So, you’ve bought a home. Your offer has been accepted, the mortgage approved, and the down payment has been handed over. This means you are ready to go, right? Well, not quite yet. You still have to deal with the closing costs.
What are closing costs?
Closing costs are the legal and administrative fees you will need to pay when the deal on your home purchase closes. They are a one-time fee, but there are multiple costs to be aware of and they do add up rather quickly, so it’s important to factor them into your budget before making an offer on the house you want. Some closing costs are optional; however, many are mandatory.
How much are closing costs?
The total amount of your closing costs will depend on several factors, including where you live and what kind of home you are buying. Generally speaking, it’s advised to save between 1.5%-4% of the purchase price of the home for closing costs.
So, if you are buying a home for $400,000 then your closing costs will be an additional $6,000-$16,000. This is a pretty significant sum, which is why you need to take closing costs into consideration when making an offer and figuring out your down payment.
Best Mortgage Rates in Canada
Compare Canada’s top mortgage lenders and brokers side-by-side and find out the best mortgage rates that will meet your need
Common closing costs in Canada
As mentioned above, there are several expenses built into your closing costs. Some are mandatory, some are optional, and some may be specific to your situation. Here’s a quick breakdown of the types of closing costs you may be responsible for.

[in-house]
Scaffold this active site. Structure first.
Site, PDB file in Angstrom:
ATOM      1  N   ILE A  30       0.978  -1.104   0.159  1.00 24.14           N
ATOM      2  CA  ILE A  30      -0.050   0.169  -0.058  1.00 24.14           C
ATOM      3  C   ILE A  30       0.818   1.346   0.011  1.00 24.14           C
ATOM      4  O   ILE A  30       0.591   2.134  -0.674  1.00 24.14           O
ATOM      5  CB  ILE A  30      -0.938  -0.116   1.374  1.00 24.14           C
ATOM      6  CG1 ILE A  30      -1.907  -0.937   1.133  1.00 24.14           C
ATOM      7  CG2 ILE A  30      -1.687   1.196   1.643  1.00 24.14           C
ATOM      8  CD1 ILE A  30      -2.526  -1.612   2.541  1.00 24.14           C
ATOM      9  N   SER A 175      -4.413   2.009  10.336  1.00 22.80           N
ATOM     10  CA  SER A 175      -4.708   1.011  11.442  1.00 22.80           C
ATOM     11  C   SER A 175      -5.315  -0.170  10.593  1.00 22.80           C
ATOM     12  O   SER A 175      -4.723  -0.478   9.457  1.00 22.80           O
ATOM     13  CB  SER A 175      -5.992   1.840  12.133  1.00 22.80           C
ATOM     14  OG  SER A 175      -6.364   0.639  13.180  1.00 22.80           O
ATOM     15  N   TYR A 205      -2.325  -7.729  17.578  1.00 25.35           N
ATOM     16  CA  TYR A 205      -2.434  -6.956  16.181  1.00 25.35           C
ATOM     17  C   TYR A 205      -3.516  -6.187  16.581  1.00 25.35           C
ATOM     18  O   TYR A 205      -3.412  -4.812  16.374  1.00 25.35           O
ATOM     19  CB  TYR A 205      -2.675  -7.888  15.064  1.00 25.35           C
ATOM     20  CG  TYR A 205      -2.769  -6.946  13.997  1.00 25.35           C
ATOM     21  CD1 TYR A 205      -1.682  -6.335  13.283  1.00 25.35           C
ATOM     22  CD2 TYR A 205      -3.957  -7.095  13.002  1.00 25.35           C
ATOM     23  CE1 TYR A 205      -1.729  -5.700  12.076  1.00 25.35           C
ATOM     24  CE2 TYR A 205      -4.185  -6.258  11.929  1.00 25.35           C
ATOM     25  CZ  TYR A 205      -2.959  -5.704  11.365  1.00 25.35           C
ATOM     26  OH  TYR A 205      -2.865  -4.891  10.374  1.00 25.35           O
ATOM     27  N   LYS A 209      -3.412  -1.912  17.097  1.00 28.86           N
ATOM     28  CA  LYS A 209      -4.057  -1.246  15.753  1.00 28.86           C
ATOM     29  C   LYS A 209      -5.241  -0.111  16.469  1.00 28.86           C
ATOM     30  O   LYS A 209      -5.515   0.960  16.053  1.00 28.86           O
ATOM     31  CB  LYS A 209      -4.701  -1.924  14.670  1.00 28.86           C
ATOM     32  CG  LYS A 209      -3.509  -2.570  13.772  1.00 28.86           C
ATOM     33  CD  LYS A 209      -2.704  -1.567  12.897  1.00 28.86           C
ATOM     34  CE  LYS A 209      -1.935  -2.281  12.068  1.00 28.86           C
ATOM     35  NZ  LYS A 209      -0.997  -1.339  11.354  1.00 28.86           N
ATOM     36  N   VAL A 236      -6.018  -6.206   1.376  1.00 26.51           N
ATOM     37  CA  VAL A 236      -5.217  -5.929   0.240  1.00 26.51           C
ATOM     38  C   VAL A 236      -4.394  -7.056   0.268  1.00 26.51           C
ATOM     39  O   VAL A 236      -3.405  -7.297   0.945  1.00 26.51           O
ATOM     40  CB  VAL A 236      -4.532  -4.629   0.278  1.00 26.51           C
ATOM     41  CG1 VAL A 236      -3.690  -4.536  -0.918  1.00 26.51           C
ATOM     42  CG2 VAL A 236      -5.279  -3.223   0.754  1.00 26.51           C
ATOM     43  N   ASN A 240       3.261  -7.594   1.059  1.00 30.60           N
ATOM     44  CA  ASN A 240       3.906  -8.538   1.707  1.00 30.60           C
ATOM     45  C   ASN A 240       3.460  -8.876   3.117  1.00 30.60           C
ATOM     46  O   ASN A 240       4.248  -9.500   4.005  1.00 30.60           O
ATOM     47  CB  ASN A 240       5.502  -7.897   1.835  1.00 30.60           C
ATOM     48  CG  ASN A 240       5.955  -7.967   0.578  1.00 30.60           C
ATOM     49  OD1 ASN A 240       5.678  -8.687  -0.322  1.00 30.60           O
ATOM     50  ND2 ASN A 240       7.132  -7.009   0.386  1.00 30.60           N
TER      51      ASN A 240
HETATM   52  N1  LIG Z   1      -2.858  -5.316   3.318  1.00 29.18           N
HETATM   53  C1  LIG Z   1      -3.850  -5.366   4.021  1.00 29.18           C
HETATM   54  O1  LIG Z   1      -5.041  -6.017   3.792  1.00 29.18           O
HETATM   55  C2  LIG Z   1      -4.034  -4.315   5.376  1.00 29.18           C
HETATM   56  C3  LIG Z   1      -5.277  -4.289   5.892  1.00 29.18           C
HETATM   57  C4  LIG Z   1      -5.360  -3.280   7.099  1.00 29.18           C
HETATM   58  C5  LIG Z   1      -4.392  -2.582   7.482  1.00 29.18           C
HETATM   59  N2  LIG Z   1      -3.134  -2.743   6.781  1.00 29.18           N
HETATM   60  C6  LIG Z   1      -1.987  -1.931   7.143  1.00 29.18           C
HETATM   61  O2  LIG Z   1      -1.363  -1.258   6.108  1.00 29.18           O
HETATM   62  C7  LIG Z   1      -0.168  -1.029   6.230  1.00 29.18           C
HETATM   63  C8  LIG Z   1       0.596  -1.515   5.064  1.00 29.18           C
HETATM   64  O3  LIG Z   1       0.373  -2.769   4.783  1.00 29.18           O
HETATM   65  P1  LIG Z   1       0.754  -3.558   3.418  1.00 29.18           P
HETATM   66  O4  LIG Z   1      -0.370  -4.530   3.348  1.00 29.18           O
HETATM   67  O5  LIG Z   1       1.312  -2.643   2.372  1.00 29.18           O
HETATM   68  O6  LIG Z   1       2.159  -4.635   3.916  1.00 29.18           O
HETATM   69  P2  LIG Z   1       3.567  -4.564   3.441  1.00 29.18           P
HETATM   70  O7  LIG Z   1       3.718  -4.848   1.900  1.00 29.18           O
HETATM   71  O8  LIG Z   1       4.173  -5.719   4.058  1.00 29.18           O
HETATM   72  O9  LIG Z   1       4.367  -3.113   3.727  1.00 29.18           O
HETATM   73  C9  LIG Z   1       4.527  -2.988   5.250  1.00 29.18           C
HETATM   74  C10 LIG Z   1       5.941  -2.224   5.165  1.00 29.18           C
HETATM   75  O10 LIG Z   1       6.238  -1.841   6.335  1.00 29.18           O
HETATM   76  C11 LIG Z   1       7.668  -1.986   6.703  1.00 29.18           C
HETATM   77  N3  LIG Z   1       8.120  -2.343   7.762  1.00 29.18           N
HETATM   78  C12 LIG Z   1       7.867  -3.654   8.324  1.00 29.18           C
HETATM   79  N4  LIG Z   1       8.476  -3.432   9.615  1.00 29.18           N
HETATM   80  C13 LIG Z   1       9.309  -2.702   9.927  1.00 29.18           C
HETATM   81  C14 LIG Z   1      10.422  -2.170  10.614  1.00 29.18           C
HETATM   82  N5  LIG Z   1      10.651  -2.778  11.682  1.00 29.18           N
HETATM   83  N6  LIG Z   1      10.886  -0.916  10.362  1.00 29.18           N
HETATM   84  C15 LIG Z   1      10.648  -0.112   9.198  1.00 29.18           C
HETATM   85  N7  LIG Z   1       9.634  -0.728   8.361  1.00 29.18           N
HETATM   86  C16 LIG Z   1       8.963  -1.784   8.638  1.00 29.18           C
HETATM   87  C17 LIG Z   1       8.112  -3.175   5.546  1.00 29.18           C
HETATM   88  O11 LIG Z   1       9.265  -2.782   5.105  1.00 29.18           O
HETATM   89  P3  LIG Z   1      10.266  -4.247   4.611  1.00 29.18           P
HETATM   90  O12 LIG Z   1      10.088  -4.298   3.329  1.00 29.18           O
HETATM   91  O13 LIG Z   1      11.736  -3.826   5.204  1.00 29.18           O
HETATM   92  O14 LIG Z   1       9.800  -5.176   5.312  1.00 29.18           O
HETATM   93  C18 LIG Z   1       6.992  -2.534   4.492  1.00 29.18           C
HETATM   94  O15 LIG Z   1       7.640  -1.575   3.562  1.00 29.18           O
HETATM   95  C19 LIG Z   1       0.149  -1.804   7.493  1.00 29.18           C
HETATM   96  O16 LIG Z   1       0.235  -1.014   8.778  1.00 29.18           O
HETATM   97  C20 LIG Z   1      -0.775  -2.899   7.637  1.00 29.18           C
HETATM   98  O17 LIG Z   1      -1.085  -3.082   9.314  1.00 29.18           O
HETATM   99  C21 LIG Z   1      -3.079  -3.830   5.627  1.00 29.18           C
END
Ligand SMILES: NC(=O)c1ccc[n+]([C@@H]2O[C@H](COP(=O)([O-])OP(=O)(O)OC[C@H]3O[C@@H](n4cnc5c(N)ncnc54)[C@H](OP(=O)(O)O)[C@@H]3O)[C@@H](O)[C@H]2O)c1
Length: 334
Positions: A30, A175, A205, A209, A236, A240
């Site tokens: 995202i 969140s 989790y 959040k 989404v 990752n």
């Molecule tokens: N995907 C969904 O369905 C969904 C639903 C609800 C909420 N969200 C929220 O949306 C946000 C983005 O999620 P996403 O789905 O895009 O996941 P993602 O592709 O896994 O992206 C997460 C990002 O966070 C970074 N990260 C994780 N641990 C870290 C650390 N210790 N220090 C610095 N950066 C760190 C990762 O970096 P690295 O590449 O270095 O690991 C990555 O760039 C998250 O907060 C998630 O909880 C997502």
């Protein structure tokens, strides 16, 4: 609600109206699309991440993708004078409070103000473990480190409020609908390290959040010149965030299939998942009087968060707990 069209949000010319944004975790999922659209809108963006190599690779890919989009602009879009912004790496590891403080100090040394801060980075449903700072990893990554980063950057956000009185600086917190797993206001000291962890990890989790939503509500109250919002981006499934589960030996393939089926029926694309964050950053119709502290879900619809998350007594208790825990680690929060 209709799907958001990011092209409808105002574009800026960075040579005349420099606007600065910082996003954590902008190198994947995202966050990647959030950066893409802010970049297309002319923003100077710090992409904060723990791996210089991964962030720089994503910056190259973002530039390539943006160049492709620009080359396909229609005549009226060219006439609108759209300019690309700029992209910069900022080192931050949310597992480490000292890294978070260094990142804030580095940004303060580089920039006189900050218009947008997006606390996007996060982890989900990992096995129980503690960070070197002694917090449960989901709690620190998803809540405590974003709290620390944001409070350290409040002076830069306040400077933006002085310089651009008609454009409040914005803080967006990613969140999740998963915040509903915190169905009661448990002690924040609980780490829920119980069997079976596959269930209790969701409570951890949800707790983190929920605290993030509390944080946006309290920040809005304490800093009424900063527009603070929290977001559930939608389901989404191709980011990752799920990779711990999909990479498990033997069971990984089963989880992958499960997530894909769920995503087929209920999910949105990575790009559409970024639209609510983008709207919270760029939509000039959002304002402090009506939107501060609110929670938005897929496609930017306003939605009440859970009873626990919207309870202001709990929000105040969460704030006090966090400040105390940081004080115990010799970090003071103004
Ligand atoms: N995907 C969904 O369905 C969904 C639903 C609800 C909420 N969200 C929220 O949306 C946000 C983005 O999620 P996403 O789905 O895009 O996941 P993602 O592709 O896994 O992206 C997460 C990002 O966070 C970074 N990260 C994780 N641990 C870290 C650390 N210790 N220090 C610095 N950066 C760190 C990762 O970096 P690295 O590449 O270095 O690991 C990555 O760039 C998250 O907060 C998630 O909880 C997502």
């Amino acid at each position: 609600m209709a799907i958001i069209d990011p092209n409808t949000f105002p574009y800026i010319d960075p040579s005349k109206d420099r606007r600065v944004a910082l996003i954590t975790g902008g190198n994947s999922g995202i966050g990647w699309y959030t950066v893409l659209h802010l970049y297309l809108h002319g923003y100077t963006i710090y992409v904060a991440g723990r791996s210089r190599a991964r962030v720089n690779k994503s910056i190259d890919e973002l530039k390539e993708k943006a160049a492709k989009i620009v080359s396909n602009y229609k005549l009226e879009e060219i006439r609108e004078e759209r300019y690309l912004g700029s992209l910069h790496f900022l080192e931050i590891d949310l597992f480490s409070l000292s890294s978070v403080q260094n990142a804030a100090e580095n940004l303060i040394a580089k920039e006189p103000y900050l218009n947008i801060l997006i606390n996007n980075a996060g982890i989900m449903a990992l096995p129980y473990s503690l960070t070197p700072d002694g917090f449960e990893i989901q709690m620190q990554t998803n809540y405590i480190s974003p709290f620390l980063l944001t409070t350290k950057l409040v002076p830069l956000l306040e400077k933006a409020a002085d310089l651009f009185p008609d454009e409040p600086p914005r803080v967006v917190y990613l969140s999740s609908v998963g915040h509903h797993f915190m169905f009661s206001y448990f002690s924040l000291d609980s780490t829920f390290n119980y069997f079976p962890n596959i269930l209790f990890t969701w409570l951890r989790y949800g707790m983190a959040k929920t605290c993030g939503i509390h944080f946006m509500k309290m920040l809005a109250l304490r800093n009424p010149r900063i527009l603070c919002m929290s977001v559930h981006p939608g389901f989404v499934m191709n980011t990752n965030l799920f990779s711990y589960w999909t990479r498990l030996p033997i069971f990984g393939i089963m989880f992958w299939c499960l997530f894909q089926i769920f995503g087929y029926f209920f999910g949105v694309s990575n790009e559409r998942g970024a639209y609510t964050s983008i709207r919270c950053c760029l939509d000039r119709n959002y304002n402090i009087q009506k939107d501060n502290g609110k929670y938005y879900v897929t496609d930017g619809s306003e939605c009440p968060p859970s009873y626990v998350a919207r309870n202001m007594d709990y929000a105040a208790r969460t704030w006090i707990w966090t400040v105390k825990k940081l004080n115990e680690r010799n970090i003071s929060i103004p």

A home inspection is optional in Canada, but usually recommended. Before you make an offer on the home, you can hire an inspector to check out that everything is safe and in working order. For example, if the roof has a leak, you’ll want to know about it before you buy. These types of things can impact your decision to buy the house or not and/or impact how much you are willing to offer.
The cost for an inspection depends on the age, location and size of the home, but you can expect to pay $300-$600 or more in Ontario.
A home appraisal will likely be ordered by your mortgage lender before your loan is fully approved. The appraisal serves as an estimate for the overall market value of the property you are buying.
In Canada, appraisal costs typically range between $300 and $500.
A property survey identifies the property’s boundaries and identifies any buildings or factors that may impact the overall value of the property. Often, the lender will ask you to provide an up-to-date property survey upon mortgage application. If you are lucky, the seller will have one they can give you. If not, you can hire a professionally licensed land surveyor to do one.
Costs will vary depending on a number of factors, but you can expect to pay $1,000-$2,000 for a property survey.
You may be encouraged to buy title insurance when you purchase your new home. This protects you and the lender from any real estate fraud as well as municipal work orders, zoning violations, and any other property defects. Typically, your lawyer will take care of this for you but then add the cost into his/her legal fees as a disbursement.